Takeda and Lundbeck will by relieved by news that FDA advisors are backing the effectiveness of their antidepressant Brintellix for treating certain aspects of cognitive dysfunction in adults with Major Depressive Disorder (MDD).
The regulator’s Psychopharmacologic Drugs Advisory Committee (PDAC) voted 8-2 that the companies had presented enough evidence to back the drug’s expanded approval.
Brintellix (vortioxetine) is currently approved and available in the US for the treatment of MDD in adults, but on the back of data from the FOCUS and CONNECT studies, which show that it can improve certain aspects of cognitive dysfunction, such as processing speed and attention, the firms are seeeking to expand its scope.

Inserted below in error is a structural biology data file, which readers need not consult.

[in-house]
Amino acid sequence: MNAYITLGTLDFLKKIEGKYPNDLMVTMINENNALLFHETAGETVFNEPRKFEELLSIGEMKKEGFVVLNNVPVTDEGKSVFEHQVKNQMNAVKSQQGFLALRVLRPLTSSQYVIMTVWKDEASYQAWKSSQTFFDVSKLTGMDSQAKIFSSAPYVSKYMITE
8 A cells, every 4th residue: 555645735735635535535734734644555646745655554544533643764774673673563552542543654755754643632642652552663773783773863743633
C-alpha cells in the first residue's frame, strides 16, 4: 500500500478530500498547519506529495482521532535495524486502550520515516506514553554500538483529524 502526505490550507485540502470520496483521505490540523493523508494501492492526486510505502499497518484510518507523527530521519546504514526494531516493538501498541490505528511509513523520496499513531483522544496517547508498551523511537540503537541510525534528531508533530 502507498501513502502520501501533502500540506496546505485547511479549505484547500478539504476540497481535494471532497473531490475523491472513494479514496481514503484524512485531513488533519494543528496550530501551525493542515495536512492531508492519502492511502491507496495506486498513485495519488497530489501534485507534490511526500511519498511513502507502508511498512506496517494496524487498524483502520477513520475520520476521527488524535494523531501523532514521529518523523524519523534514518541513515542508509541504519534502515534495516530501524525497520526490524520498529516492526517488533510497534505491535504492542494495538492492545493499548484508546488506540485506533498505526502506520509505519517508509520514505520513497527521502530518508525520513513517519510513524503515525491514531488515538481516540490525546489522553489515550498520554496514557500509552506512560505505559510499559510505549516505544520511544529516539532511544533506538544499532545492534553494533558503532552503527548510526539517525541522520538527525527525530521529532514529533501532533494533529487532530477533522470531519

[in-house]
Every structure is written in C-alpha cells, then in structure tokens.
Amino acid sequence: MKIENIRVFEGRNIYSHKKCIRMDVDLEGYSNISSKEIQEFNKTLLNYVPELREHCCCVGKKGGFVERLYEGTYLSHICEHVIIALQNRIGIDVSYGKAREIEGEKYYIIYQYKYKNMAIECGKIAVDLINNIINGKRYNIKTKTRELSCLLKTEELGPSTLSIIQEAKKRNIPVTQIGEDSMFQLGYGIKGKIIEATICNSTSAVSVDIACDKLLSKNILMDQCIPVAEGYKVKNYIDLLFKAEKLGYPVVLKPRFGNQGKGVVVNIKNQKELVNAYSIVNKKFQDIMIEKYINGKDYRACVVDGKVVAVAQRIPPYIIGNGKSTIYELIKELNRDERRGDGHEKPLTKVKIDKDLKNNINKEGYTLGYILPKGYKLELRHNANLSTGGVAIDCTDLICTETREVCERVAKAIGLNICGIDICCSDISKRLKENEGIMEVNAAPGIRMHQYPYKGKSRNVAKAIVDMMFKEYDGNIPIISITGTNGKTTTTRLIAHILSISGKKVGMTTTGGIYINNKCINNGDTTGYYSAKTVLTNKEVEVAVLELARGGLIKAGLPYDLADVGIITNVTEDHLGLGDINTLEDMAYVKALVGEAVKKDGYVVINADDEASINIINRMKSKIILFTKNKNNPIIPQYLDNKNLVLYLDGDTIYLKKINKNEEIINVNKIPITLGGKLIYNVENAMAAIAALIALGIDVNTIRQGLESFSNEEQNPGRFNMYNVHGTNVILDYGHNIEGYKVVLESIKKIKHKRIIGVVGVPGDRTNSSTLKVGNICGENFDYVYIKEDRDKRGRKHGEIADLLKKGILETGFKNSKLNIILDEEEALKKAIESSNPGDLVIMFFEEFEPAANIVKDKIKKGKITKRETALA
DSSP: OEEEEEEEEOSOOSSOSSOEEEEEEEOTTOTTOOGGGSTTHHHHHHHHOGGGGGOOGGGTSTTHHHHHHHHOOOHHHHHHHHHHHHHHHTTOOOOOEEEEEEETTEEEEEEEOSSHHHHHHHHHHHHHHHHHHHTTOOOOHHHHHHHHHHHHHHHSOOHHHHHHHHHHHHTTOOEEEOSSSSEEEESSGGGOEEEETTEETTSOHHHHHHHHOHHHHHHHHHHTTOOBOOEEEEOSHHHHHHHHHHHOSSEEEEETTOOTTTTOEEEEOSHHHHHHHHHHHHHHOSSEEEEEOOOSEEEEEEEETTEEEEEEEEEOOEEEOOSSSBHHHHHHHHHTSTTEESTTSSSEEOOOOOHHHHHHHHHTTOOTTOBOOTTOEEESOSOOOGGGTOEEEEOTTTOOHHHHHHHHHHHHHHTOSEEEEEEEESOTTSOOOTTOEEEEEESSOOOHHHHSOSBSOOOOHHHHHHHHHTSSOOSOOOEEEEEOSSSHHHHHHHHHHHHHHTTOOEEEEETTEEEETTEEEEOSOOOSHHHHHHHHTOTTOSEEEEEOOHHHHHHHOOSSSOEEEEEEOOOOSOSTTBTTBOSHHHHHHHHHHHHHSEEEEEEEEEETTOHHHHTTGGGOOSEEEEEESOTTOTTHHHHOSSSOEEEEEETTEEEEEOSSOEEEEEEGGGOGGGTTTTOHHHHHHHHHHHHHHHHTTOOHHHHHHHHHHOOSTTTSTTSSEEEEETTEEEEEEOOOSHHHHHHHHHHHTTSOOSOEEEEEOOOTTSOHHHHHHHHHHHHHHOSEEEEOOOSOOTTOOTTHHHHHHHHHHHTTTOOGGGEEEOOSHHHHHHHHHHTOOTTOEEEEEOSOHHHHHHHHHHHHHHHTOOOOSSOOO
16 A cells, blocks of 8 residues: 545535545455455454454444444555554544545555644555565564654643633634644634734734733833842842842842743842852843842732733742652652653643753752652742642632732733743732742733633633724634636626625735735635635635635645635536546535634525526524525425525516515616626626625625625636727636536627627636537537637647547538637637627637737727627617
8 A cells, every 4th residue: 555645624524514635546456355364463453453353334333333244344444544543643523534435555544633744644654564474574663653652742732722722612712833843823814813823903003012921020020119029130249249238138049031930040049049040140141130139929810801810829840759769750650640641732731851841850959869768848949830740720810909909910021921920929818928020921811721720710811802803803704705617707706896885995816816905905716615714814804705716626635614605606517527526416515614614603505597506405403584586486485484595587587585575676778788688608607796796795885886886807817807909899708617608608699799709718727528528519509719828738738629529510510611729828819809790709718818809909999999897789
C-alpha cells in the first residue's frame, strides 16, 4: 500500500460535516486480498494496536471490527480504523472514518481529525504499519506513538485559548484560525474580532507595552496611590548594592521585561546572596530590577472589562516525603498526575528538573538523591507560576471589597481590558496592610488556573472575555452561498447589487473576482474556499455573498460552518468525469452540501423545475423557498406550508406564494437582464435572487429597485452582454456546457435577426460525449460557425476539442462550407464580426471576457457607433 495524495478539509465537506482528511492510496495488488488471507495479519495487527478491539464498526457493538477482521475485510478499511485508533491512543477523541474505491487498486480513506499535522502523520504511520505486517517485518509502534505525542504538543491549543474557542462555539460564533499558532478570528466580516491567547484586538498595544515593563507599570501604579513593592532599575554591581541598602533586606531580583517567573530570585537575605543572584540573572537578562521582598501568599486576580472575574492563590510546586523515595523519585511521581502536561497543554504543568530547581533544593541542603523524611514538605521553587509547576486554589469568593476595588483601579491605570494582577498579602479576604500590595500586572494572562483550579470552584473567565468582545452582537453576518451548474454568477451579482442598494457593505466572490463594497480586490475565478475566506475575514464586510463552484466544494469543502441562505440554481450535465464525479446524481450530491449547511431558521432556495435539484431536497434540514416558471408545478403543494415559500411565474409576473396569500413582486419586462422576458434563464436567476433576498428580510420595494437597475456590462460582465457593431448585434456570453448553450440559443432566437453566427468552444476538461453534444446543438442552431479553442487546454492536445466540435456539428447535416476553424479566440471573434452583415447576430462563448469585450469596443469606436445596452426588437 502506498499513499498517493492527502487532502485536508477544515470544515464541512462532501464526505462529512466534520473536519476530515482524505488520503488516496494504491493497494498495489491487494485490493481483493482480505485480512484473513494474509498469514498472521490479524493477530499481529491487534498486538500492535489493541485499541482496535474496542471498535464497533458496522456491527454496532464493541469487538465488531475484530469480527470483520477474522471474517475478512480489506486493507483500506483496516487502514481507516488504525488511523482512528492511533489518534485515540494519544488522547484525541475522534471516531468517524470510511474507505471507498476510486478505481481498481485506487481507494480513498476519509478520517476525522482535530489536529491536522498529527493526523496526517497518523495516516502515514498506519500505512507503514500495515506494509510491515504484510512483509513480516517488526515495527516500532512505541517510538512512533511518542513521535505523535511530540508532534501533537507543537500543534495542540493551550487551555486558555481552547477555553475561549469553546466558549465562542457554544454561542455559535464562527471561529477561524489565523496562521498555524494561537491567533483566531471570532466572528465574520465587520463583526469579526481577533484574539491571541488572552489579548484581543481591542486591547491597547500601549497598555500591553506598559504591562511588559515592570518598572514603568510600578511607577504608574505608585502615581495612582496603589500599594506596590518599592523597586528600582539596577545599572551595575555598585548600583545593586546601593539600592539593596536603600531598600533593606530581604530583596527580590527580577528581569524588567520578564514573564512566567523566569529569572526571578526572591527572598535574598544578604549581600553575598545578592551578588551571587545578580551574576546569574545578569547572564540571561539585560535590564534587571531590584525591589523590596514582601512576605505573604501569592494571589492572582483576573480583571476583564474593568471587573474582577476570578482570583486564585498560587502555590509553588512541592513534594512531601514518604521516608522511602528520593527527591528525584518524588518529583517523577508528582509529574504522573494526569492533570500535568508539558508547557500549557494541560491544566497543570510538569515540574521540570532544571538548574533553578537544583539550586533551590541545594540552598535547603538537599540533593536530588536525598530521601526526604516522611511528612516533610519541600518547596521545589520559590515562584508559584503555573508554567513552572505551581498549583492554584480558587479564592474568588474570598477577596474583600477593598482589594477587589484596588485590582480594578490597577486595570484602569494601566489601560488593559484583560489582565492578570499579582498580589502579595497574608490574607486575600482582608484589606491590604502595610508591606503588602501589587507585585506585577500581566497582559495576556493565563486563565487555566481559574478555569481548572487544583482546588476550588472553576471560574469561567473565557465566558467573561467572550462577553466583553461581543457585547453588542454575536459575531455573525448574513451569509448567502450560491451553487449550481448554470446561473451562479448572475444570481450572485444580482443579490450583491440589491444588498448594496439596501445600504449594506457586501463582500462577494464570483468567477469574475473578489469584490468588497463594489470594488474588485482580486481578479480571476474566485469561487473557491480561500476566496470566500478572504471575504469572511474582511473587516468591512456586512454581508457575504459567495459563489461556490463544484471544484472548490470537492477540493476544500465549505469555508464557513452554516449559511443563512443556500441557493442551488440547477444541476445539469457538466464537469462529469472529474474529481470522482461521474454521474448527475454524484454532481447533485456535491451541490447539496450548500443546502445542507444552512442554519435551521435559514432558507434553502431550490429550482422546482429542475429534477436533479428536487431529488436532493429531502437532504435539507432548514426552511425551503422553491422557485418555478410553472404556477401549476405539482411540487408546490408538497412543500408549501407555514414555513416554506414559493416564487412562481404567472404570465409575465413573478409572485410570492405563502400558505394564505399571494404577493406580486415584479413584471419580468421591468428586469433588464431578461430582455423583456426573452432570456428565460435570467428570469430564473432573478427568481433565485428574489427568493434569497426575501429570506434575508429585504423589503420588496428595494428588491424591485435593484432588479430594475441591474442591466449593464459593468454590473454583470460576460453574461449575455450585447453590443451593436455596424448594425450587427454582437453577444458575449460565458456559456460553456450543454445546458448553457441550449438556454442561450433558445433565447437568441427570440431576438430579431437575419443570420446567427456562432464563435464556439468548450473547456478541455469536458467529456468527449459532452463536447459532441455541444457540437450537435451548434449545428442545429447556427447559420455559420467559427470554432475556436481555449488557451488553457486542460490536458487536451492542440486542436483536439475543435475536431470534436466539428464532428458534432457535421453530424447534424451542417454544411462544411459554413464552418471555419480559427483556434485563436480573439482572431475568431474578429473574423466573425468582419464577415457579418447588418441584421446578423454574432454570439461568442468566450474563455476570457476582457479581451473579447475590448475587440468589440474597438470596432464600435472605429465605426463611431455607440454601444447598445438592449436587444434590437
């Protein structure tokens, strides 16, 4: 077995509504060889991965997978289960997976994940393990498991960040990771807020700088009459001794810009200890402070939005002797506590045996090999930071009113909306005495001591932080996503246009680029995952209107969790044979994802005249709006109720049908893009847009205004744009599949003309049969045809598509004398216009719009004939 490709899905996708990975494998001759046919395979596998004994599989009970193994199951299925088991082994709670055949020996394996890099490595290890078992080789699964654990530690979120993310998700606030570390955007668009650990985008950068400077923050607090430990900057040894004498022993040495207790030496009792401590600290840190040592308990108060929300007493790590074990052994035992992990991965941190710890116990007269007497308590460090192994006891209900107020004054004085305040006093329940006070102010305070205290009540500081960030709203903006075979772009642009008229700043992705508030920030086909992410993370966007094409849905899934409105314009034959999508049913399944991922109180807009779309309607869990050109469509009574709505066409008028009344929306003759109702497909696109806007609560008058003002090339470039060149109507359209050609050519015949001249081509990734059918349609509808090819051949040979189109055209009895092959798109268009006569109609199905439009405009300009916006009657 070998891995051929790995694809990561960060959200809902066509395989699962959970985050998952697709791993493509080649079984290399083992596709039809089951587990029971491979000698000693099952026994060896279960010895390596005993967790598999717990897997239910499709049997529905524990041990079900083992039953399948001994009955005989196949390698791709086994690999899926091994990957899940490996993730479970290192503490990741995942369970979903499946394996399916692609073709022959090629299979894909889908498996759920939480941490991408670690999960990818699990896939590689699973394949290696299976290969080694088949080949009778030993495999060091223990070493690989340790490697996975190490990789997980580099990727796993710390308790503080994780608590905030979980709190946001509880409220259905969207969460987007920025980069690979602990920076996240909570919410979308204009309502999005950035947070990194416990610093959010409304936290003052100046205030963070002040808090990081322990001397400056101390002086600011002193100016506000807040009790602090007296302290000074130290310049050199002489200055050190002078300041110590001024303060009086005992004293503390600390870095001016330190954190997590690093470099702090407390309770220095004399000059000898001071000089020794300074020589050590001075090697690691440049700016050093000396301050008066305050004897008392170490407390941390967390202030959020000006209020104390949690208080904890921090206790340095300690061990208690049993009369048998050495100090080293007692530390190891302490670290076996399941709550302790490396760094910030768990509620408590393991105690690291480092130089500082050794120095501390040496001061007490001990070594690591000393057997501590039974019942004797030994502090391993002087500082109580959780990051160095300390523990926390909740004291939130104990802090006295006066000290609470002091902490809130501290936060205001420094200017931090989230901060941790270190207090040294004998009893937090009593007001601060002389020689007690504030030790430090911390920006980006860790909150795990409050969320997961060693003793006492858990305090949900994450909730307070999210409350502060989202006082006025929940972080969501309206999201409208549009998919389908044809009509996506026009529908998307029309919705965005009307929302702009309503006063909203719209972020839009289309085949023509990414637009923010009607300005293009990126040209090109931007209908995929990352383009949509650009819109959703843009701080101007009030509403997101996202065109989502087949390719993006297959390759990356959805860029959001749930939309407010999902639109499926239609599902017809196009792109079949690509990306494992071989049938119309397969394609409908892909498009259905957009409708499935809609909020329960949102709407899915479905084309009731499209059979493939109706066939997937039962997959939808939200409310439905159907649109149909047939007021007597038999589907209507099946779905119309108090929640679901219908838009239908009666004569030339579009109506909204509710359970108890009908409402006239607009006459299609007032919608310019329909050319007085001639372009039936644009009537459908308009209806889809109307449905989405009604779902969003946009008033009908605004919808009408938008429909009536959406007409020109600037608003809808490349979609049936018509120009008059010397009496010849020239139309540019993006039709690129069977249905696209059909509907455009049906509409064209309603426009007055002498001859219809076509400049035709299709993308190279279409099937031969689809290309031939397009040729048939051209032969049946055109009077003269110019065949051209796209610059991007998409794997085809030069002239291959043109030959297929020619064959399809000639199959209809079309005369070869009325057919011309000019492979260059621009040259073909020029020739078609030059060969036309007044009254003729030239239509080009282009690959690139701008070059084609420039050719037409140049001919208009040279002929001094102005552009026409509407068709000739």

The cognitive symptoms of depression may go unrecognised by both healthcare providers and patients, and yet they are extremely common and often persist between major depressive episodes, the firms note. The panel agreed that cognitive dysfunction in MDD represents an appropriate drug development target.
The positive recommendation “underscores the role of addressing the medical need of patients who experience cognitive dysfunction in depression,” said Emiliangelo Ratti, head of Takeda’s CNS Therapeutic Area Unit.
“Common cognitive symptoms include difficulty concentrating, indecisiveness and trouble thinking. Many of these symptoms are prevalent during major depressive episodes and can have an impact on depressed patients”.
Brintellix inhibits serotonin (5-HT) reuptake and is also an agonist at 5-HT1A receptors, a partial agonist at 5-HT1B receptors and an antagonist at 5-HT3, 5-HT1D and 5-HT7 receptors. Lundbeck says the drug “is considered to be the first and only compound with this combination of pharmacodynamic activity”, but its mechanism is not fully understood.